Venezuela files ICC lawsuit over US sanctions

"Trump - lift the blockade on Venezuela!"

Venezuela set in motion legal proceedings on February 12 to have the United States government investigated at the International Criminal Court (ICC).

Speaking at The Hague, Venezuelan Foreign Minister Jorge Arreaza said the potential lawsuit was aimed at Washington’s unilateral coercive measures, or sanctions, which he described as a “crime against humanity” and a “weapon of mass destruction”.

The request to open a preliminary investigation was received by ICC Prosecutor Fatou Bensouda, whose team will now evaluate if there is a legal basis for a full inquiry. It is unclear, however, if the ICC will proceed given that the US is not a member of the body and the international court tends not to rule on inter-state disputes.

The ICC is currently carrying out a preliminary investigation into President Nicolas Maduro after Venezuela’s right-wing opposition and a handful of US-aligned governments filed a suit accusing him of crimes against humanity in September 2018.

Upon introducing a 60-page supporting document detailing the allegations against the US government last week, Arreaza urged ICC prosecutors to take the “historic” case as soon as possible, arguing that “the longer the action takes, the more suffering will be caused [by the sanctions regime], and more people will be affected”.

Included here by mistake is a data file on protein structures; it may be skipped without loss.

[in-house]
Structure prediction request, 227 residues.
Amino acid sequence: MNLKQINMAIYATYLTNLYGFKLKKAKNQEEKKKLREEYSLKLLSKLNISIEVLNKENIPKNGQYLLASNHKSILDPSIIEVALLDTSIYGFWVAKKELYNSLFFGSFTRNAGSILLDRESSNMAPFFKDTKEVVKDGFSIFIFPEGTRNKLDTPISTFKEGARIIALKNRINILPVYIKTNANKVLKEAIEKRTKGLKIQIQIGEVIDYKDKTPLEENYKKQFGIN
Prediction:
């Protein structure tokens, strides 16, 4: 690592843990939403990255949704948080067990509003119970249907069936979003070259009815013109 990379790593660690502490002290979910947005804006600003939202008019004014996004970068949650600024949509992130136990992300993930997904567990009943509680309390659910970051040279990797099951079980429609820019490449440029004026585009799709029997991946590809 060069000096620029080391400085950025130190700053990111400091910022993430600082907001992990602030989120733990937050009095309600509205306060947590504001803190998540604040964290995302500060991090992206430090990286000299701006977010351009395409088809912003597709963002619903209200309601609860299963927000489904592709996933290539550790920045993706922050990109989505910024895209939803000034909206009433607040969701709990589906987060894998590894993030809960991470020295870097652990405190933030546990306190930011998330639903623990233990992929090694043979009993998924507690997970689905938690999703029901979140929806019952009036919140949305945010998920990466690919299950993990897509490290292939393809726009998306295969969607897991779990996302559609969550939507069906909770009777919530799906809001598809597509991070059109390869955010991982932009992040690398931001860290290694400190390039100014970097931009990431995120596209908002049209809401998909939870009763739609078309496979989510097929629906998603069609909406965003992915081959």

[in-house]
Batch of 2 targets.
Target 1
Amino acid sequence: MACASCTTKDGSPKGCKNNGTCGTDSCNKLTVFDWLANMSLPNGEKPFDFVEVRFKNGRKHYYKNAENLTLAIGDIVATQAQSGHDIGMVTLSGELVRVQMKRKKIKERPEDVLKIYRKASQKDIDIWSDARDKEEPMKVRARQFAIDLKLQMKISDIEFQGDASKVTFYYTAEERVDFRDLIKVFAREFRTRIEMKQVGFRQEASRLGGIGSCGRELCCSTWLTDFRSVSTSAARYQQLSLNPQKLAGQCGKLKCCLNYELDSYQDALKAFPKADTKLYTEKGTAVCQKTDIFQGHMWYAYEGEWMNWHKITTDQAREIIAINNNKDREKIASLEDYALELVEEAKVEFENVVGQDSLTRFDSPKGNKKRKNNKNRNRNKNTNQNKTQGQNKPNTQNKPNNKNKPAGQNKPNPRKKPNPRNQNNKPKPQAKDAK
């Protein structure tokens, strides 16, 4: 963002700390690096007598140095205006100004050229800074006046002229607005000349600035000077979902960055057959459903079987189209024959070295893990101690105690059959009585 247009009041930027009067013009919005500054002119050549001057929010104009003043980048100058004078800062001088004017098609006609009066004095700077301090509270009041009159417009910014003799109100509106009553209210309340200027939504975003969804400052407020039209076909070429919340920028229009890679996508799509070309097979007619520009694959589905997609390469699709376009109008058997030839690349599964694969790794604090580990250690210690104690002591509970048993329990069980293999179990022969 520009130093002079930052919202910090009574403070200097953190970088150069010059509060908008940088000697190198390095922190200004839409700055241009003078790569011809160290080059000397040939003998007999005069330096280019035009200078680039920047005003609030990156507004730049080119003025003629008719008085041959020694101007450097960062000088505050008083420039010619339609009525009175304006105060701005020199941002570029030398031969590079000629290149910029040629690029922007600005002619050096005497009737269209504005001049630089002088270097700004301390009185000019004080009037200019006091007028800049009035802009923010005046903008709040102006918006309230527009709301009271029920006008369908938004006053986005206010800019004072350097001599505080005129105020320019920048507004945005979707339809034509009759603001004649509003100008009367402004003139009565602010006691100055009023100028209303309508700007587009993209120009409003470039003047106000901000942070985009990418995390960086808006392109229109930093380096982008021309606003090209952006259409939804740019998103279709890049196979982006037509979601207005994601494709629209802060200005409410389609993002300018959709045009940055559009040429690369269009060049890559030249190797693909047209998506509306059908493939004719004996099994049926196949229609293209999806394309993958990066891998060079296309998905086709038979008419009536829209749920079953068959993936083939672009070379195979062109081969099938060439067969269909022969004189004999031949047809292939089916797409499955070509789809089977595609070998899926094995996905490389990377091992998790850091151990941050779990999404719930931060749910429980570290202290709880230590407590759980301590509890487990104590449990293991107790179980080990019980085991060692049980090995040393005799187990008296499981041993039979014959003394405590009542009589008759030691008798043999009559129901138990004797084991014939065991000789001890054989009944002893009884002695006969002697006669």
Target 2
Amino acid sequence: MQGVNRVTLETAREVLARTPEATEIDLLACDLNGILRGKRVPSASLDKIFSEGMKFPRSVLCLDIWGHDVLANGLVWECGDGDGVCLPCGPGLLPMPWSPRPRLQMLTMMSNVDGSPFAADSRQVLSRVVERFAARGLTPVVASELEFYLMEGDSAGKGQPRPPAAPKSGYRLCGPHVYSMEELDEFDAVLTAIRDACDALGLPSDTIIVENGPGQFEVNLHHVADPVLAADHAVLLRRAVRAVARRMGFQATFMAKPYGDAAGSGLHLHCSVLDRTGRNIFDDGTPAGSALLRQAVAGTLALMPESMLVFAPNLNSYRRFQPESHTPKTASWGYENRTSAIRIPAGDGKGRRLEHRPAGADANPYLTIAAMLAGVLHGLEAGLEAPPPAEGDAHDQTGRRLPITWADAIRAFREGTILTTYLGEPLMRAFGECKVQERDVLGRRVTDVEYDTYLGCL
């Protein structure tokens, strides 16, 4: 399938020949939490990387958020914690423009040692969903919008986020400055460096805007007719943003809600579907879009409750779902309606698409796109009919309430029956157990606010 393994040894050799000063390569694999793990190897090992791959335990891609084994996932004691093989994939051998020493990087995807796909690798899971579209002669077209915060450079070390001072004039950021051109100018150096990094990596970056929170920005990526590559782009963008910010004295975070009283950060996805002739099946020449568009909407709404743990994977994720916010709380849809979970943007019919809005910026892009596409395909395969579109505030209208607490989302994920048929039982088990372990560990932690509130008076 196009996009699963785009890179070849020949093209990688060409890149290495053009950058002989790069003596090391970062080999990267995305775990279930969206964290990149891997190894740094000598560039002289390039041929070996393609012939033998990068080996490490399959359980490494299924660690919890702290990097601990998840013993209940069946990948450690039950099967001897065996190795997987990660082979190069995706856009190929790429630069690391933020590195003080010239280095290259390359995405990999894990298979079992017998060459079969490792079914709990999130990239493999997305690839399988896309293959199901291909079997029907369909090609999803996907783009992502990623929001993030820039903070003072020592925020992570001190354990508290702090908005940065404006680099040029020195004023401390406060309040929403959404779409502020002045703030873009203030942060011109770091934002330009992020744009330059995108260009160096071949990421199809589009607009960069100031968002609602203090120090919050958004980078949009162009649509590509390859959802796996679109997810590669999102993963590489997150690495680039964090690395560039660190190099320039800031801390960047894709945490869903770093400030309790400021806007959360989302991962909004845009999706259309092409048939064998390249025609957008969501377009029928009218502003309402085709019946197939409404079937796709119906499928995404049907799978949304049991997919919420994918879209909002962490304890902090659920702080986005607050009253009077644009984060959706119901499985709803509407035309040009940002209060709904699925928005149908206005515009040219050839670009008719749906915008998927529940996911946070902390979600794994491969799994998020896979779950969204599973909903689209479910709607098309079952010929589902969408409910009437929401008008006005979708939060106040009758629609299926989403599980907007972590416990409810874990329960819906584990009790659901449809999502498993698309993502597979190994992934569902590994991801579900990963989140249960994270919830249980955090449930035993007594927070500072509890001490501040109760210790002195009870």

US sanctions against Venezuela formally began under then US President Barack Obama in 2015, and were greatly intensified by his successor, Donald Trump, who imposed economic sanctions in 2017.

In January 2019, Washington decreed a crippling oil embargo, as well as slapping direct sanctions against the country’s food import, gold, and banking sectors later in the year.

A sweeping ban on all dealings with Venezuelan state entities was announced last August, which paved the way for secondary sanctions against third parties. Most recently, the US unveiled sanctions against the Venezuelan state airline CONVIASA.

US allies, including right-leaning regional governments part of the Lima Group as well as the European Union, have also applied sanctions, but most have shown reluctance to directly target Venezuela’s economy.

The Venezuelan government has frequently denounced that the sanctions regime blocks the country’s free access to international markets and obstructs the import of vital goods such as food and medicine, exacerbating the socio-economic problems in the country.

In a press conference on February 15, Communications Minister Jorge Rodriguez claimed that sanctions have caused US$116 billion in losses for the nation.

While he did not offer further details, the minister equated it to what Venezuela would normally spend on all public and private sector imports over six years, the cost of 11 million social homes or running the subsidised CLAP food program for 152 years.

Last April, the US-based Centre for Economic and Policy Research released a report finding the sanctions constitute a form of “collective punishment” responsible for as many as 40,000 deaths in the country between 2017 and 2018. Shortly before the August general embargo, Venezuelan economist Francisco Rodriguez estimated that sanctions cost the country $16.9 billion per year, resulting in rising mortality rates.

Numerous multilateral bodies, including the United Nations and the Non-Aligned Movement, have also condemned US sanctions as being illegal under international law.

[Reprinted from Venezuela Analysis.]

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